What we know about the Notre Dame fire so far
A massive blaze at Notre Dame Cathedral in Paris devastated large parts of the 850-year-old church on Monday evening. Here’s what we know so far.
How did the blaze unfold?
At 6:20 p.m, the first call to emergency services came in, but no fire was visible at that time, Paris prosecutor Remy Heitz said. The first call mentioned a fire in the attic, according to the fire brigade.
20 minutes later, a second alert was called in, and the fire was visible at that point, the prosecutor said.
Around 400 firefighters were deployed to the scene but were delayed slightly by rush hour traffic.
It is unclear how the fire, which spread very quickly across the roof and over a section of around 1,000 square meters (10,763 square feet), began.
Shortly before 8 p.m. local time, the cathedral’s famed spire burned to a blackened shell before finally toppling, as thousands of Parisians who had gathered in the streets watched in horror.
By around 11 p.m., President Emmanuel Macron announced: “The worst has been avoided. The façade and the two main towers did not collapse.”
By early Tuesday morning, the fire was under control, and the fire brigade announced that the fire had been extinguished nine hours after it started.
The fire was an accident, according to Valerie Pecresse, the president of the Île-de-France region in which Paris is located. An investigation has been opened.
What’s been damaged?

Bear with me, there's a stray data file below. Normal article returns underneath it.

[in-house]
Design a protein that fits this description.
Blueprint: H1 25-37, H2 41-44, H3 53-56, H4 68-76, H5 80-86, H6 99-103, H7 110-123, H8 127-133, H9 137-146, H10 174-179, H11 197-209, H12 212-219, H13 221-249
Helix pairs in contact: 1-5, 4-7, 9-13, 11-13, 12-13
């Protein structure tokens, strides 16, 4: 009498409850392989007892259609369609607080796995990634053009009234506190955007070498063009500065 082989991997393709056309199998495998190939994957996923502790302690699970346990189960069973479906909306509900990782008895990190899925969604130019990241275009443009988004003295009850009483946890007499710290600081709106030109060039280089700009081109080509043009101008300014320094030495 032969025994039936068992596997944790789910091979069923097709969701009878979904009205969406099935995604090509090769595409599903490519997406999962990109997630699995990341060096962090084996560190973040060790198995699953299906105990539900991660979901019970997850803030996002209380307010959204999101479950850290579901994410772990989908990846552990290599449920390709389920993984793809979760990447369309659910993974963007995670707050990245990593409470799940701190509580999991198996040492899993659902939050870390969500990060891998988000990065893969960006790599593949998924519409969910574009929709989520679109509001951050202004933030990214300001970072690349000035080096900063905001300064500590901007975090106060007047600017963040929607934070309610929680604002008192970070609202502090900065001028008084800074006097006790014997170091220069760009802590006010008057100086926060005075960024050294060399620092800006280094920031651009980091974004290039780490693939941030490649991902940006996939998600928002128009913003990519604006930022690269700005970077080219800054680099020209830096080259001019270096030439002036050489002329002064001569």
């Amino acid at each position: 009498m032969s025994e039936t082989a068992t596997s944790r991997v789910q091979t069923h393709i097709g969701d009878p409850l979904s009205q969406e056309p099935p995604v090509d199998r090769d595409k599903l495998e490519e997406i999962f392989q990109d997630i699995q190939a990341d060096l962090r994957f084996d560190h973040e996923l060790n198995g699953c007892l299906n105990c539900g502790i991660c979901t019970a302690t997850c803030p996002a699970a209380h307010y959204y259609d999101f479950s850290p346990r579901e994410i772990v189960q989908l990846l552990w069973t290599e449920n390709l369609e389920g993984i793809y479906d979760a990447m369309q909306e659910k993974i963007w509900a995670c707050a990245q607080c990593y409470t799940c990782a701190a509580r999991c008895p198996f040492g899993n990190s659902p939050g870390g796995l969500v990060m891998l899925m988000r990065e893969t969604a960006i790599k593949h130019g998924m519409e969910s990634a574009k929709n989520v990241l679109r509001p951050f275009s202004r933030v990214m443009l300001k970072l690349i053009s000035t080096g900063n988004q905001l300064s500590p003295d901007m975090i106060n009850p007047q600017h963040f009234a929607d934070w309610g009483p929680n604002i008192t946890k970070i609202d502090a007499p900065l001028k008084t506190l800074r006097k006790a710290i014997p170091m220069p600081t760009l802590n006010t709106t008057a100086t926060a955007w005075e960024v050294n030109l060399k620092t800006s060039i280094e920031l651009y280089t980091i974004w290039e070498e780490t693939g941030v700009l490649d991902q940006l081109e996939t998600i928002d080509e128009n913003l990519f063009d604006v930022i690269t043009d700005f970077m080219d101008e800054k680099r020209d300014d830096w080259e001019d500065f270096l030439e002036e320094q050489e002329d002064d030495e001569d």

While the main structure has been saved, firefighters were unable to save the central spire, which had been added during a restoration project in the 19th century.
The majority of the 13th-century oak roof, called “the forest” because it required a forest of trees to build it, was also largely destroyed.
No one was killed in the fire. Two policemen and a firefighter were slightly injured, according to Paris Fire Brigade.
What will survive?
The cathedral’s iconic bell towers — immortalized in Victor Hugo’s tale “The Hunchback of Notre Dame” — survived, along with the cathedral’s elaborate stonework facade.
The Crown of Thorns, believed to be a relic of the passion of Christ, and the Tunic of Saint Louis are among the invaluable artifacts that were saved.
The church’s irreplaceable rose windows and organ are in good condition, a city official said Tuesday.
Other major art pieces from the Notre Dame were also saved, thanks to the fire services and police, and were now in a safe place, Paris’ mayor said.
What happens next?
Firefighters will work to ensure there is no further risk of fire and that the structure is stable. Experts will assess the stability of the building and “safeguard” the towers and relics, the fire brigade said.
The Paris prosecutor has opened an investigation. “Nothing suggests that it was an intentional act,” Remy Heitz told reporters outside the Gothic cathedral Tuesday, adding that workers employed at the site were being questioned over the blaze.
Macron has pledged to rebuild the cathedral and said he would launch an international fundraising campaign to help finance those efforts.
Donors have already pledged hundreds of millions. The Île-de-France region will unlock an emergency fund of €10 million ($11.3 million), and Paris City Hall said it would give €50 million ($56.45 million) towards rebuilding efforts.
CNN’s Margot Haddad contributed to this report.